Types of sexual offences

Please note that the following information contains detailed references and descriptions of sexual harm

It is important to recognise that some individuals will have experienced more than one type of sexual offences / harm in their lifetime.


A rape is when a person intentionally penetrates another’s vagina, anus or mouth with a penis, without the other person’s consent. Legally, a person without a penis cannot commit rape, but a female may be guilty of rape if they assist a male perpetrator in an attack.

Sexual assault

Sexual assault is when a person is coerced or physically forced to engage against their will, or when a person, male or female, touches another person sexually without their consent. Touching can be done with any part of the body or with an object.

Sexual assault by penetration

Sexual assault by penetration is when a person (male or female) penetrates the vagina or anus of another person with any part of their body or an object without that person’s consent.

Sexual abuse against children and young people

When a child or young person is sexually abused, they’re forced or coerced into sexual activities. They might not understand that what is happening is abuse or that it is wrong and they might be afraid to tell someone.

contact abuse

Contact abuse is where an abuser makes physical contact with a child. This includes:

  • sexual touching of any part of a child’s body, whether they’re clothed or not
  • using a body part or object to rape or penetrate a child
  • forcing a child to take part in sexual activities
  • making a child undress or touch someone else

Contact abuse can include touching, kissing and oral sex – sexual abuse isn’t just penetrative.

non-contact abuse

Non-contact abuse is where a child is abused without being touched by the abuser. This can be in person or online and includes:

  • exposing or flashing
  • showing pornography
  • exposing a child to sexual acts
  • making them masturbate
  • forcing a child to make, view or share child abuse images or films
  • making, viewing or distributing child abuse images or films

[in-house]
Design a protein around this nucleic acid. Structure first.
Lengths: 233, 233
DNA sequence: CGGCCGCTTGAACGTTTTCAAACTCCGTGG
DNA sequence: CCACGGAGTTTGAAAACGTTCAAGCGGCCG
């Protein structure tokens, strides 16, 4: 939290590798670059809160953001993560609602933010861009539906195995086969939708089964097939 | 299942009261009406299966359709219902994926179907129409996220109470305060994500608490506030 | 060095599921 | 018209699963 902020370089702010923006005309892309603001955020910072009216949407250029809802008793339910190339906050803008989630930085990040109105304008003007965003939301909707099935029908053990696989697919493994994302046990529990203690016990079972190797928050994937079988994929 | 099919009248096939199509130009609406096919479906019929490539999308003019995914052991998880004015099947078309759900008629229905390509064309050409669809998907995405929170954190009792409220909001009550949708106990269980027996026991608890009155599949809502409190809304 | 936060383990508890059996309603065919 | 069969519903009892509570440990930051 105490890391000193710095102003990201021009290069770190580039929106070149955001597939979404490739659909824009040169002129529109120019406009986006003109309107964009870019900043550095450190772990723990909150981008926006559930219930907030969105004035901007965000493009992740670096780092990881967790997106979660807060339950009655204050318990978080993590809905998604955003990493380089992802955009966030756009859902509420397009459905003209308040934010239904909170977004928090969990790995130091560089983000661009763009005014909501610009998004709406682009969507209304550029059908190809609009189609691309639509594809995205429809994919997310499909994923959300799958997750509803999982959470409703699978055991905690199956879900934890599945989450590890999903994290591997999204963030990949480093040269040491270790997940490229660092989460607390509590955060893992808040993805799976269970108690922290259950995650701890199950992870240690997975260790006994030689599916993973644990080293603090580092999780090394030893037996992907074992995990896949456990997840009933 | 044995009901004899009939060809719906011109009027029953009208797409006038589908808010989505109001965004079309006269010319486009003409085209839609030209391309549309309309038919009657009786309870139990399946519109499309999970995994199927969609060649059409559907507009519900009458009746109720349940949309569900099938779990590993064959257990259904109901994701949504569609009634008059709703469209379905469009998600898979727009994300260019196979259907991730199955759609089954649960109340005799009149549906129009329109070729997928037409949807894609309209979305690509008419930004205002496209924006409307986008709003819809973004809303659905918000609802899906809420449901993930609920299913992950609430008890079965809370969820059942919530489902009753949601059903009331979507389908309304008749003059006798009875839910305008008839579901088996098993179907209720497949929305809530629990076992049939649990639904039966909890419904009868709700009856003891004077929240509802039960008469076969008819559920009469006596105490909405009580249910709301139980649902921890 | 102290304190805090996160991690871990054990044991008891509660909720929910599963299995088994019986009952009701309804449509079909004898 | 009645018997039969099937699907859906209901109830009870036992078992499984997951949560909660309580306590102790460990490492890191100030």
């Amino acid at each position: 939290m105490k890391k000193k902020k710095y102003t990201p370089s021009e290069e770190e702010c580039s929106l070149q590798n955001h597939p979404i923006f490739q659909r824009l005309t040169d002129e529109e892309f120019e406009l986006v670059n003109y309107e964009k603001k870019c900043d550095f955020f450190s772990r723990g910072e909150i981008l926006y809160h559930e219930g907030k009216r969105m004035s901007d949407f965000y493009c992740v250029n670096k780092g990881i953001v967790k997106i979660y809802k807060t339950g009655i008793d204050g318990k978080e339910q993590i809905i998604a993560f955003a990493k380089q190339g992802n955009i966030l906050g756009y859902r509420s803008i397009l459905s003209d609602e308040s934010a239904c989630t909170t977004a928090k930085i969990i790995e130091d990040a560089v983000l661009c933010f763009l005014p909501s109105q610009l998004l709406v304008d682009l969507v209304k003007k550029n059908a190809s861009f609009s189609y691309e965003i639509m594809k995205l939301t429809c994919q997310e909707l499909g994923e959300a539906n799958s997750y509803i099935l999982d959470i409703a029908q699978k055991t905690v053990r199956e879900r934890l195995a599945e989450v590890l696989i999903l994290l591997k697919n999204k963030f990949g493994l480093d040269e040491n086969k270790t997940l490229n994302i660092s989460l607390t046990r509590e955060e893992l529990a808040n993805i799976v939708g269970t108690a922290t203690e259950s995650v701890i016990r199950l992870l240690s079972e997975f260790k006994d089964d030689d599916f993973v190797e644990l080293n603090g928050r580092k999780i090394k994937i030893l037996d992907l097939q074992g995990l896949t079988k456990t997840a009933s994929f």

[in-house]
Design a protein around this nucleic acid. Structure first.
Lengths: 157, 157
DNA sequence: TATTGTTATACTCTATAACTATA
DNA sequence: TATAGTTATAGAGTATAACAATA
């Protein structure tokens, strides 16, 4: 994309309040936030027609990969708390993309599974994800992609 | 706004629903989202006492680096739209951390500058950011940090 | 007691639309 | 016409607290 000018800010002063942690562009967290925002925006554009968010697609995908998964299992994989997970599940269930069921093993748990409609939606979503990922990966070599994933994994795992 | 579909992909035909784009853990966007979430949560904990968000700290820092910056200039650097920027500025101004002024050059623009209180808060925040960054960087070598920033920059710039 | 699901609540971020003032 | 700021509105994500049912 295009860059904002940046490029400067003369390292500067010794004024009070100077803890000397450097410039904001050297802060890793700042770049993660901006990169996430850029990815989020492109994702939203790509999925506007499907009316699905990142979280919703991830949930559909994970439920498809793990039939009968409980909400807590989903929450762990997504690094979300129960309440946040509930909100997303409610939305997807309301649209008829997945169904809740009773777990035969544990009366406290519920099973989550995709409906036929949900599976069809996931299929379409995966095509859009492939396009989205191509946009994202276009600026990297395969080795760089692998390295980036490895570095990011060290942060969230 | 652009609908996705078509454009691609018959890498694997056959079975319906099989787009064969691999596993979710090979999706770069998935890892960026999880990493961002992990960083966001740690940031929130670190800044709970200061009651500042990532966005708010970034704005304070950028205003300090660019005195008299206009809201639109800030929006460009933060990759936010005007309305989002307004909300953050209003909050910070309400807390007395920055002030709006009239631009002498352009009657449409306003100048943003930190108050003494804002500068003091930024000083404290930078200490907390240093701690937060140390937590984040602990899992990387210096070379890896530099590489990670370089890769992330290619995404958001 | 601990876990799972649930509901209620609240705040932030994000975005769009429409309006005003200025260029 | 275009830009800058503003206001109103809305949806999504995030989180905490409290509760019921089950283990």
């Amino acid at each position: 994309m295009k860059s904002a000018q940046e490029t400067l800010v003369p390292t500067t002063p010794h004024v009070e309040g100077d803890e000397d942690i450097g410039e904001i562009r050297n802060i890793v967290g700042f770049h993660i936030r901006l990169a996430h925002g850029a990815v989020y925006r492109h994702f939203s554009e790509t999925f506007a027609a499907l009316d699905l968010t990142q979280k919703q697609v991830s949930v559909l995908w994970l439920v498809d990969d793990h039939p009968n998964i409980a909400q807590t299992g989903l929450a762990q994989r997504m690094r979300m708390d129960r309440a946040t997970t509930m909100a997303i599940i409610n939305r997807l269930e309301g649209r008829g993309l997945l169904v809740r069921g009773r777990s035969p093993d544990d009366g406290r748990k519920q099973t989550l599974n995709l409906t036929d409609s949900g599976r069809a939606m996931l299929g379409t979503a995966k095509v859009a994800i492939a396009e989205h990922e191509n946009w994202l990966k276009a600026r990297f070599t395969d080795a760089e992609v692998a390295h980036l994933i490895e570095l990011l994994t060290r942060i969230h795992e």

• forcing a child to take part in sexual activities or conversations online or through a smartphone.

Population data tells us that some children who experience Adverse Childhood Experiences including the trauma associated with sexual offences can experience a wide range of issues into adulthood including physical health problems, mental ill health and substance abuse. Such experiences can also negatively impact their education, opportunities to be employed and future relationships. In short, the crime(s) committed against them, and the trauma generated by those crimes can limit their opportunities for the future.

However, it also must be recognised that these potential consequences are not the ‘destiny’ of every individual who has experienced Adverse Childhood Experiences and many individuals go on to thrive into adulthood.

Child Sexual Exploitation (CSE)

Child Sexual Exploitation (CSE) is a specific form of child abuse. It can involve:

• physical contact (eg rape)
• non-penetrative acts (eg masturbation or kissing)
• non-contact activities (eg involving children in the production of sexual images or forcing children to watch sexual activities)
• grooming (online and offline)

When a child or young person is exploited, they are given things in exchange for taking part sexual activities. These ‘things’ can include money, new possessions (eg clothes or technology), drugs and alcohol, but also affection. Adults who exploit children and young people often do so by tricking them into believing that they are in a loving and consensual relationship.

exploitation Types of sexual offences

Indecent images of children

An ‘indecent image’ of a child is a sexual image of a child (anyone under the age of 18) and can include:

  • Nude or partially clothed children
  • Children sexually posing
  • Self-generated sexual images by children (ie selfies)
  • Images which show children engaging in sexual activity

It is illegal to take, make, share and possess indecent images and pseudo-photographs of people under the age of 18 years.Pseudo-photographs are images which appear to be a photograph and that may have been created by a computer. It is also illegal to look at sexual images or videos of individuals who are under the age of 18, even if the person looking at the images/videos thought they looked older.

Female Genital Mutilation (FGM)

Female Genital Mutilation (FGM) involves procedures which are carried out for non-medical reasons that include (but not limited to):

  • Narrowing or sealing the opening of the vagina by stitching, sewing or cutting parts of the vagina
  • Cutting or removing the clitoris
  • Cutting or removing the labia majora or minora

Although known as ‘FGM’ the practice has different names in different languages

Disclosing private sexual images without consent (sometimes referred to as ‘revenge porn’)

Revenge porn is the sharing of private sexual materials (like photos or videos) of a person, without their consent, with the intent to cause distress.  

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